Let’s take a few steps back. D.C.’s last baseball team, the old Washington Senators, were so bad that their unofficial tag line was, “Washington Senators: First in War, First in Peace, and last in the American League.” (In 1960, the Senators moved to Minnesota where they currently have die-hard fans.) Where do the Nats come in? After years of nothing but Redskins football, in 2004, D.C. began an aggressive anti-Canadian campaign and stole the Montreal Expos  in the middle of the night (kidding, the league helped too). Baseball returned to the nation’s capital and here we are today.


by July 26, 2011 at 8:30 am 3,329 10 Comments

DC Kickball, Lebodome, Stead Park

Which type of kickballer are you? (Courtesy DC Kickball)

From Scott Leibowitz. Find Scott on Twitter @Lebodome.

The groups of people walking the streets with neon color t-shirts. Your favorite bar turned into a flip cup basement party on a Wednesday. Canceling group dinner plans because someone passed out around 8 pm. Most D.C. residents, at one point or another have been a part of or have been affected by a D.C. kickball league.

I am currently in my fourth season on the same team, so I like to think of myself as a veteran. For me, it’s a great group of people enjoying some easy-going nonsense that is later accompanied by a good evening. Over the seasons I have noticed some trends and some general categories of types of players and behaviors. I could have gone further in depth, but if you were to meet a random selection of five players it would probably look something like this:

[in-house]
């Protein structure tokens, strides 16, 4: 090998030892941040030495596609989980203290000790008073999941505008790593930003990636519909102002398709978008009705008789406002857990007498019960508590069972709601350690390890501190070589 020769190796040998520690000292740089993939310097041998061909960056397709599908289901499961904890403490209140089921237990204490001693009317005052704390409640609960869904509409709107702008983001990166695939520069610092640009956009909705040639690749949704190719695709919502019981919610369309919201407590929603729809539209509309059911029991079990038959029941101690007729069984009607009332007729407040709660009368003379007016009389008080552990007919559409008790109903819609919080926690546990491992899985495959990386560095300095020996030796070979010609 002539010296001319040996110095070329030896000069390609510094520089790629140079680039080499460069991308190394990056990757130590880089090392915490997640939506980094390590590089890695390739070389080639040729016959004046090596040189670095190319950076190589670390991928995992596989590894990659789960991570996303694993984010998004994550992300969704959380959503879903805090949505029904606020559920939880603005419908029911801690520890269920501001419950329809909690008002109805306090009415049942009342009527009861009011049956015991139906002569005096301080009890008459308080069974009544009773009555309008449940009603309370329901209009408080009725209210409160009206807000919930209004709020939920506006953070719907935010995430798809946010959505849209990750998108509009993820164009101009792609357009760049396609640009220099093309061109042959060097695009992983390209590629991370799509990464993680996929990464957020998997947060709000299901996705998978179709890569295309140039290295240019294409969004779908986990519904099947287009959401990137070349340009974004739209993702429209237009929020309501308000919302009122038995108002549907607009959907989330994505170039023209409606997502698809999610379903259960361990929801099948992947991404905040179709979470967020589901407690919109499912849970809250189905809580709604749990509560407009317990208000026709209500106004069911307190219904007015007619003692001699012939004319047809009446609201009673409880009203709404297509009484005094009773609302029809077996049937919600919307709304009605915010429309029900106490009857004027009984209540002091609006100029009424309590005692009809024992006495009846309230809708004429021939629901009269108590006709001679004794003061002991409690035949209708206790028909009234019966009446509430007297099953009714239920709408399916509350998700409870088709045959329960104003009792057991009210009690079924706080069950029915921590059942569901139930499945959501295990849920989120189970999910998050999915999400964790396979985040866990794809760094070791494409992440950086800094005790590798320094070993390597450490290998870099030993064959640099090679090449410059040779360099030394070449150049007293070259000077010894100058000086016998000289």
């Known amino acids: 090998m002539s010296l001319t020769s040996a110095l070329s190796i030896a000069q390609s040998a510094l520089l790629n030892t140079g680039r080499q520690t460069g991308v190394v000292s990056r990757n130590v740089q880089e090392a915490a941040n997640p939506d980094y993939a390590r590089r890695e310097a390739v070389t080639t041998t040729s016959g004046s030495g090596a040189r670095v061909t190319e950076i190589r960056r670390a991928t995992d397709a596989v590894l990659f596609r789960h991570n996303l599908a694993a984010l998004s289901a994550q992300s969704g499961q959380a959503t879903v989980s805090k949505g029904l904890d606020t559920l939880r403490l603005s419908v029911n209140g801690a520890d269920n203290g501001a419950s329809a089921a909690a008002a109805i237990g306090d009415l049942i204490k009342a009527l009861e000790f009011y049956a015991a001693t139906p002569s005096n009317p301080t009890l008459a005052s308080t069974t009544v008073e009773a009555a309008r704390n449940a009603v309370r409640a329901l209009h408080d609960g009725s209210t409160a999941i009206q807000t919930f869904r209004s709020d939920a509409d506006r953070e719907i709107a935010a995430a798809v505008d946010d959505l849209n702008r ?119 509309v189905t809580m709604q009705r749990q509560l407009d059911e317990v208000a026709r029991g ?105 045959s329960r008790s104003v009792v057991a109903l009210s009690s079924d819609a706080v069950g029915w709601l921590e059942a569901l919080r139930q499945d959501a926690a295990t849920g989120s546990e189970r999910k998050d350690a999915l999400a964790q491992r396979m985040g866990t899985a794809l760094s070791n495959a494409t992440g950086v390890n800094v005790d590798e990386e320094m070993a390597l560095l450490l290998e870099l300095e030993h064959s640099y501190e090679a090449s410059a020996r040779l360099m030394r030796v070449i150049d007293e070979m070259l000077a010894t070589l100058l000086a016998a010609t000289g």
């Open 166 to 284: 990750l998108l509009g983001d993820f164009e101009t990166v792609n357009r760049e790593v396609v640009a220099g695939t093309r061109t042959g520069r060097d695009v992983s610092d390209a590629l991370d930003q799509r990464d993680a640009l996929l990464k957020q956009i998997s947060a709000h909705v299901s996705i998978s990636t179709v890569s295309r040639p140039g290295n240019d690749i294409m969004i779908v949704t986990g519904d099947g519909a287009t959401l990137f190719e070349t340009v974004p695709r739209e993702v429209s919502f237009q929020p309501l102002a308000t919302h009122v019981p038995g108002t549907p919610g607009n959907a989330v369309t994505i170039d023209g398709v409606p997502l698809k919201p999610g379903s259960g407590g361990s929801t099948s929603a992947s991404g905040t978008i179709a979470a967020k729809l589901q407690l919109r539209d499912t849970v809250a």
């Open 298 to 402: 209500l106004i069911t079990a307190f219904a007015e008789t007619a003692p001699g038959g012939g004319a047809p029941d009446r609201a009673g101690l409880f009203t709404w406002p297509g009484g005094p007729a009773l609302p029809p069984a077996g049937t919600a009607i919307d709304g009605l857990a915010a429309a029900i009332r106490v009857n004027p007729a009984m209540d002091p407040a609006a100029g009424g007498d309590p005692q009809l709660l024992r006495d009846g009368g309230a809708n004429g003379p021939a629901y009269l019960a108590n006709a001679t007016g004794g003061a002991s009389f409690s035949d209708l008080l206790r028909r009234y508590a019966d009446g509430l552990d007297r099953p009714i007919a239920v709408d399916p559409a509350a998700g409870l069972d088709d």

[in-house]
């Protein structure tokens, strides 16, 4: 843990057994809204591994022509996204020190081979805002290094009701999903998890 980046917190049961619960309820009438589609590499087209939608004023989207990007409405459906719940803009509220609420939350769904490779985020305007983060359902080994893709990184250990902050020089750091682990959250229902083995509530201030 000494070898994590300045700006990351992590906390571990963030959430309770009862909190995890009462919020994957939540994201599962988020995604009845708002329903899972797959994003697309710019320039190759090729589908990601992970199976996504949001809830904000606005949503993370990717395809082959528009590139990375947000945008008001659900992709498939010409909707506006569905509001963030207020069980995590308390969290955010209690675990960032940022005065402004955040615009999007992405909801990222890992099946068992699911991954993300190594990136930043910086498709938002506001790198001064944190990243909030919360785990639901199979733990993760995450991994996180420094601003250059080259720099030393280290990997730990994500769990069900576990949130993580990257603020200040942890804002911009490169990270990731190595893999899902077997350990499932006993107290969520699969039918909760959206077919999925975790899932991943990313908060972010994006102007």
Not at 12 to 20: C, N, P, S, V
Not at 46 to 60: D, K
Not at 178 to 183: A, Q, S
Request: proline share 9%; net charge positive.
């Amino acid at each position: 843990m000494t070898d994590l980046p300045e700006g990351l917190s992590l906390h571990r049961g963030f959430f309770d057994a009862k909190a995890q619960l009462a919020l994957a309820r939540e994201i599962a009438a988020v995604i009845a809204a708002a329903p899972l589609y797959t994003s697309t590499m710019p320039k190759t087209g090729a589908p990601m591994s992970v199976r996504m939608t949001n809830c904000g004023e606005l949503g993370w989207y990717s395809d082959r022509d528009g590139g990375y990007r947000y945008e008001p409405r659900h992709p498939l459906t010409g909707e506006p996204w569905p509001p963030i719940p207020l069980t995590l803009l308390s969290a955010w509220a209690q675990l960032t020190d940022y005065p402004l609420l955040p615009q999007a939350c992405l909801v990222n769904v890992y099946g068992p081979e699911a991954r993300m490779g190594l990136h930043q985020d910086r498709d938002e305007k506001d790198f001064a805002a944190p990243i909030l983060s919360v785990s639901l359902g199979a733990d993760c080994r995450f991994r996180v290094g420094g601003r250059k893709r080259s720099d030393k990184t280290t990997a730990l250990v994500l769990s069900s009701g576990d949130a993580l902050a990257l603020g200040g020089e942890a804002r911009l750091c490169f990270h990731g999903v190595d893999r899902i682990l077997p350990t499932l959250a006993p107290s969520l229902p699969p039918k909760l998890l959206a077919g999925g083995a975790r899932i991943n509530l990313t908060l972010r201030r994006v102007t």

by July 11, 2011 at 8:00 pm 1,809 2 Comments

Meridan Hill Park, Scott Leibowitz

I walk the line: Sunday afternoon at Meridian Hill Park. (Scott Leibowitz)

From Scott Leibowitz. Find Scott on Twitter @Lebodome.

Scott Leibowitz

Scott Leibowitz

Backyard Sports to the Sound of the Drums at Meridian Hill Park

Welcome back to the Lebodome…

There are many essentials that make up a true summer in D.C. Going to a Nats game to enjoy the food (instead of the baseball), jazz at the sculpture garden (where you at least know one random person) and, of course, the drum circle Sunday at Meridian Hill Park.

As I have already checked off the first two from my list, I decided it was time to sweat for a few hours outside, listening to some beats. Last week, Editor Luis Gomez wrote a great article on the park’s diversity. And I found this Washington Post article explaining the tradition of the music, so I won’t go too much into the actual drumming as I ain’t Ringo. I was at the park to enjoy the activities, the people watching and the music.

Meridan Hill Park, Scott Leibowitz

The main green on the north side of Meridian Hill Park. (Scott Leibowitz)

One of the very first things you notice in this park is it is long, meaning plenty of green space for all kinds of outdoor/backyard games — but there is a bit of a risk. There is a lovely string of benches on both sides of the middle green, so if you are playing anything, you are part of the showcase (which is amazing for people watching).

For most of the afternoon, I found myself watching Frisbees fly around while enjoying the great variety of dogs taking walks. The park is also great for bocce — a section is just dirt, making it perfect for good rolls.

I also saw fantastic jugglers, a competitive game of Bolo Toss (Ladder Toss) and, my personal favorite of the day, the gymnast/Cirque De Soleil group climbing on top of each other. My roommate also tells me later in the afternoon when it cools down the park has very competitive short field soccer.